In today’s class, we explored topics related to seasonal symbolism within the Evergreen periodical, most specifically symbolism related to the winter through ornaments and pictures. In Alevtina’s presentation, she explores J. Author Thomson’s Biology of Winter he mixes the use of science fiction and fairytale, which initially sounded bizarre to me. Fairytales are known for their mystic and mythological narratives, meaning the events that take place in the story are by nature exclusive from our lived reality. The issue that can be presented when intertwining science and myth, is a sense of convoluting our reality to the unlikely or impossible (to the mythological reality). I think “science” can be easily misinterpreted because of its new connotations that often associate ideas like lab-made chemical and advanced robotics, however science during this time was founded on plants, and natural philosophy. In Thomson’s story, he talks about the sciences of the seasons, by adding empirical values such as lengths of time to the seasons, he portrays to the reader the feeling of analyzing nature, “to give us a numerical expression of the mean daily sun-heat at any given time” (Thomson 10). Which is scientific because of its methodology and expression, but not necessarily something I would consider as a clashing of opposing ideas. After our class discussion, I think that it is in fact very reasonable that science and fairytales are presented together in this way, and that this text offers an exciting twist to the common narrative.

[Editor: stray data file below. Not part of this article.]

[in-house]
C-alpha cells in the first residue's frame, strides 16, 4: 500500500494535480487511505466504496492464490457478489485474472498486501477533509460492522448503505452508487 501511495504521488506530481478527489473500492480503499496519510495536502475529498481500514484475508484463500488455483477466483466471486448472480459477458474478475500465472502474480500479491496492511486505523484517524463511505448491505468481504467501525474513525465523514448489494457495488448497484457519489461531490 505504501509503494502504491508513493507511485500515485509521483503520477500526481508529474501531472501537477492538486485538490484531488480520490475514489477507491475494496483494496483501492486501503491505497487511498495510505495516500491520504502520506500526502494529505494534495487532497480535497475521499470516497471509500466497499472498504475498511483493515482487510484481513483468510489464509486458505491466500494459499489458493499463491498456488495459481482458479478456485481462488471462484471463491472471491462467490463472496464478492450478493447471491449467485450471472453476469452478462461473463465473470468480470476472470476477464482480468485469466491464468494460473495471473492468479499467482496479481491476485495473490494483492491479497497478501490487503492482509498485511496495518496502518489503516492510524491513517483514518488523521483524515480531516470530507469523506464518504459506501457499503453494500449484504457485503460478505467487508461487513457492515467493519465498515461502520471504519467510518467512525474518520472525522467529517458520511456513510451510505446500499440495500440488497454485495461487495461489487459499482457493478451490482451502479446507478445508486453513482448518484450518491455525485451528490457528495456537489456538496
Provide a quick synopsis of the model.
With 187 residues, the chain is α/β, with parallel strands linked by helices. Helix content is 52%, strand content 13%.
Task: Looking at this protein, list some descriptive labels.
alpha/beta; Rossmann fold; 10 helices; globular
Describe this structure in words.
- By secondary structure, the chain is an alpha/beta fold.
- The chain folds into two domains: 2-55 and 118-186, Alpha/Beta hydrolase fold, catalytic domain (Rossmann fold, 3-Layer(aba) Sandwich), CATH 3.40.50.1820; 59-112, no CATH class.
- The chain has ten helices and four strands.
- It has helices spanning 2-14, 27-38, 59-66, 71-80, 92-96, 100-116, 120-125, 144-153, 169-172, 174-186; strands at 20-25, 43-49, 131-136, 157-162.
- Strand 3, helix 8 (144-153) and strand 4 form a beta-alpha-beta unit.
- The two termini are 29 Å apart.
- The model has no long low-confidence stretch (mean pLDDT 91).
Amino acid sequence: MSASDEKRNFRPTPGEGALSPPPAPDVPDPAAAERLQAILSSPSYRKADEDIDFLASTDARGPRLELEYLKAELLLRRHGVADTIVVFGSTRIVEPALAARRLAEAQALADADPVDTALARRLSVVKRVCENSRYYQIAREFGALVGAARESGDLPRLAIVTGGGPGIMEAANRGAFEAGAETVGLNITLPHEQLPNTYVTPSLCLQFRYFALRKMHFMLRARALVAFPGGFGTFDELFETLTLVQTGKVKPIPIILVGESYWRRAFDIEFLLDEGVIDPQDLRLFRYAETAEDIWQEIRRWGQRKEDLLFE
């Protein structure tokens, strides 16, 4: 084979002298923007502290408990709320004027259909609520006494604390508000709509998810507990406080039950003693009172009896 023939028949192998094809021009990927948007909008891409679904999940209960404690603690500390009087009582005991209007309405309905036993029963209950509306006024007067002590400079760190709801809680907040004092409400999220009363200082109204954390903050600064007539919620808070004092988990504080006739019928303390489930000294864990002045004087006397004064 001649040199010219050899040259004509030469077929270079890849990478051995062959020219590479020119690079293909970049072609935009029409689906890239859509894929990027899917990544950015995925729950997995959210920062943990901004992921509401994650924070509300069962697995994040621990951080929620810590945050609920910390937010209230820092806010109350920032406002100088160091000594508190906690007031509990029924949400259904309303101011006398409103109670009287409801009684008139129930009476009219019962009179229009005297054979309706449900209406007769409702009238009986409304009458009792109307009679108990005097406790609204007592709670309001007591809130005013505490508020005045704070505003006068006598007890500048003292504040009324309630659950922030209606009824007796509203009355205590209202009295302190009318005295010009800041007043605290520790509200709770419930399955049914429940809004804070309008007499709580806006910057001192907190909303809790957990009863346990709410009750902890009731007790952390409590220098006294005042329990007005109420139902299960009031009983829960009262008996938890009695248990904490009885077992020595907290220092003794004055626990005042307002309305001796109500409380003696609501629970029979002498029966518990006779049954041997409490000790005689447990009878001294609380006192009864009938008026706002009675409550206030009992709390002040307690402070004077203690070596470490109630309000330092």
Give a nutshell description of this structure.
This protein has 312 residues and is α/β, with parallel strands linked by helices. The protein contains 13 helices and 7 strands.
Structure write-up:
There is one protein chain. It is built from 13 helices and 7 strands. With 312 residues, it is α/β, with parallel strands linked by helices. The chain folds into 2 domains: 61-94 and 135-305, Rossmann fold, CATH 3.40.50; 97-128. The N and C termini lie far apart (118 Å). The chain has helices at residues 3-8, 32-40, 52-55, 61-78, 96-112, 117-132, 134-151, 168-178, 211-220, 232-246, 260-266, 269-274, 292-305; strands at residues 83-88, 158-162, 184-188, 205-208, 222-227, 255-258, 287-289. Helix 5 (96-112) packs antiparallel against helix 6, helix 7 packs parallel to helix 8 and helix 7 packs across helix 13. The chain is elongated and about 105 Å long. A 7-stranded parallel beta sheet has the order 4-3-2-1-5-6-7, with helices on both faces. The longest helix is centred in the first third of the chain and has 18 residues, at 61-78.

On a different note, I found our class analysis on the picture of “Lapis Philosophorum” very interesting, especially because of the use of Egyptian symbolism. A question that has stuck with me is, why did they also use the Sphinx on either side of the totem? Was it purely to stay on the theme or was there something more to it?